Two communication trainers attempt to redefine the concept of business presentations.
Given the way business is changing in an age of digital communications and social media, it was probably inevitable that someone would take a fresh look at live, in-person presentations. According to Ludwig and Owen-Boger, who professionally offer training in presentation skills, “much of what you have been taught about presenting has to be replaced.” The authors believe that people shouldn’t give speeches, but have conversations—“an exchange between a presenter and an audience.” They employ a nonthreatening method, and cleverly format the book to effectively immerse readers in their training techniques. Readers follow eight people, each with his or her own needs and objectives, as they go through a presentation training workshop. The authors describe the background of each participant (such as Terry, a new IT director who’s “[n]ervous with executive leadership,” or Luis, an entrepreneur who wants to “[p]roject a professional image”) and show how each learns new skills to alleviate his or her concerns. Along the way, readers are sure to identify with one or more of the participants, and relate to some of the challenges they face in their organizations. In addition to the book’s nice balance of explanation and demonstration, it has other novel features that make it stand out. For example, the authors use two different typefaces to identify themselves when they “speak,” and precede each chapter with key bullet points (much like presentation slides). The book uses graphics such as handwritten name cards, Post-it notes and flip charts to enhance the realism of the workshop environment, as well as helpful sidebars that address specific questions (such as, “How long should I pause?” and “How can I eliminate ‘ums’?”). The overall effect is both practical and involving.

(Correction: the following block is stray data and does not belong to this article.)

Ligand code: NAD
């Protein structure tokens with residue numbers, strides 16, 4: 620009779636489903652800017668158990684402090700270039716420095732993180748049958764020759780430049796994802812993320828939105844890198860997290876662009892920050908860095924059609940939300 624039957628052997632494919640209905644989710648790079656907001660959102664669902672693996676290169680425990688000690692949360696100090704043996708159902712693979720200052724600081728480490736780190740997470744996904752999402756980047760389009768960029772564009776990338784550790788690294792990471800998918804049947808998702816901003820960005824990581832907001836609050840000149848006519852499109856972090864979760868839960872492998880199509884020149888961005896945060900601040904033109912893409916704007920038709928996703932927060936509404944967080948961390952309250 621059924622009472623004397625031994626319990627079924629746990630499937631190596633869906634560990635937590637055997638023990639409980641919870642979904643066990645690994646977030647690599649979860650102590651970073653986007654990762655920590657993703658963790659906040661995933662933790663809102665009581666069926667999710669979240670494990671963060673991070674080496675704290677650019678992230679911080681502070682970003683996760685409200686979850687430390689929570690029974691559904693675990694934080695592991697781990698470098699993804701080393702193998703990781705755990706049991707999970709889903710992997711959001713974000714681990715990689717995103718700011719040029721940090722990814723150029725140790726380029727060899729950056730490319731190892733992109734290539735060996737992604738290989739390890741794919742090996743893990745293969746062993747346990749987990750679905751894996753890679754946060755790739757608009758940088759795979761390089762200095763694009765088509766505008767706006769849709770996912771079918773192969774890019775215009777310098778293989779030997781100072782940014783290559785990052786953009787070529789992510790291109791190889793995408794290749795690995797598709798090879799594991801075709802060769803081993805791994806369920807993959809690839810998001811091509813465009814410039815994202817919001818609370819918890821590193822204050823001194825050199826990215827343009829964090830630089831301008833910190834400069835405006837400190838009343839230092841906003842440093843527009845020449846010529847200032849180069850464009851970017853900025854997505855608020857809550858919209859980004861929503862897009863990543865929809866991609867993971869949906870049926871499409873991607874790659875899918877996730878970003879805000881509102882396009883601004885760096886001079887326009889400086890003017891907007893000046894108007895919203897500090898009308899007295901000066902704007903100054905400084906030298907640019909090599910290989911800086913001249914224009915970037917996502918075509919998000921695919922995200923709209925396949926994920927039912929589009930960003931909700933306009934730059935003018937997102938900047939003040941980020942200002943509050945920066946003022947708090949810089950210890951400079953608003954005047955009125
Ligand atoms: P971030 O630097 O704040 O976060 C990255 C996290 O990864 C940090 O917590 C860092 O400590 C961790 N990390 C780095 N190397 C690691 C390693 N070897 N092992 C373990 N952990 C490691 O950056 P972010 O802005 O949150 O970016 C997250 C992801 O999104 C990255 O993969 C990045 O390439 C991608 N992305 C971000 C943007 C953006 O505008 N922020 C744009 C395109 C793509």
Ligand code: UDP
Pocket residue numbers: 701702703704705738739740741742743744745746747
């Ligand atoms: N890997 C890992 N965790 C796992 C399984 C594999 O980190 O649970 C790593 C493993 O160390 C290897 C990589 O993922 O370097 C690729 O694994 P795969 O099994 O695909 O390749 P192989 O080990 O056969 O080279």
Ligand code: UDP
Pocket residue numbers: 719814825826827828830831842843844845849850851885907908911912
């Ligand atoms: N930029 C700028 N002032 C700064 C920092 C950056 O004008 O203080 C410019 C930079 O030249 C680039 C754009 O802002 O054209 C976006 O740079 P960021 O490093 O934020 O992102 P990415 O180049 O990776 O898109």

A skillfully written, professionally designed guide that offers tips and strategies that should resonate with anyone in a business setting.